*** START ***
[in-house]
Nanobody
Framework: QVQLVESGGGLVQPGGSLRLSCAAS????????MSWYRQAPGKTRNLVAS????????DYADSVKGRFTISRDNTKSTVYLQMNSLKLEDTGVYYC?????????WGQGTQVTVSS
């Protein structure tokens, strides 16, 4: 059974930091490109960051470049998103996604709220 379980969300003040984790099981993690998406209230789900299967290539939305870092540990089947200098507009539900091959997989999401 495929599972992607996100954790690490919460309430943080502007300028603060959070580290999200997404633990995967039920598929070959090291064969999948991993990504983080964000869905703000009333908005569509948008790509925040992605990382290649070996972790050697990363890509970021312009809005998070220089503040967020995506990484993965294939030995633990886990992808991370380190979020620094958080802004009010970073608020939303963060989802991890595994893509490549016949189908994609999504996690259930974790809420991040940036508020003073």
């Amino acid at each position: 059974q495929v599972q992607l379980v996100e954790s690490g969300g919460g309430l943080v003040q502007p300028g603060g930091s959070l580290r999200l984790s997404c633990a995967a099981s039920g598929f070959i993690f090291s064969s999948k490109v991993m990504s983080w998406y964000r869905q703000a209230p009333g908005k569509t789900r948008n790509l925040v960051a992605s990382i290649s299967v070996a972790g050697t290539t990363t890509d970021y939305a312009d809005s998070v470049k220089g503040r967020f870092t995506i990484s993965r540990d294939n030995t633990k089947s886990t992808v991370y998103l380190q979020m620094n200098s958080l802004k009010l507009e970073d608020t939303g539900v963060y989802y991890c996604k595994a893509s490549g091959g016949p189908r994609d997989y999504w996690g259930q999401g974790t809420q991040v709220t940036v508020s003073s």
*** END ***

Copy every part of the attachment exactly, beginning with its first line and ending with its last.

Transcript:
[in-house]
Nanobody
Framework: QVQLVESGGGLVQPGGSLRLSCAAS????????MSWYRQAPGKTRNLVAS????????DYADSVKGRFTISRDNTKSTVYLQMNSLKLEDTGVYYC?????????WGQGTQVTVSS
């Protein structure tokens, strides 16, 4: 059974930091490109960051470049998103996604709220 379980969300003040984790099981993690998406209230789900299967290539939305870092540990089947200098507009539900091959997989999401 495929599972992607996100954790690490919460309430943080502007300028603060959070580290999200997404633990995967039920598929070959090291064969999948991993990504983080964000869905703000009333908005569509948008790509925040992605990382290649070996972790050697990363890509970021312009809005998070220089503040967020995506990484993965294939030995633990886990992808991370380190979020620094958080802004009010970073608020939303963060989802991890595994893509490549016949189908994609999504996690259930974790809420991040940036508020003073």
């Amino acid at each position: 059974q495929v599972q992607l379980v996100e954790s690490g969300g919460g309430l943080v003040q502007p300028g603060g930091s959070l580290r999200l984790s997404c633990a995967a099981s039920g598929f070959i993690f090291s064969s999948k490109v991993m990504s983080w998406y964000r869905q703000a209230p009333g908005k569509t789900r948008n790509l925040v960051a992605s990382i290649s299967v070996a972790g050697t290539t990363t890509d970021y939305a312009d809005s998070v470049k220089g503040r967020f870092t995506i990484s993965r540990d294939n030995t633990k089947s886990t992808v991370y998103l380190q979020m620094n200098s958080l802004k009010l507009e970073d608020t939303g539900v963060y989802y991890c996604k595994a893509s490549g091959g016949p189908r994609d997989y999504w996690g259930q999401g974790t809420q991040v709220t940036v508020s003073s």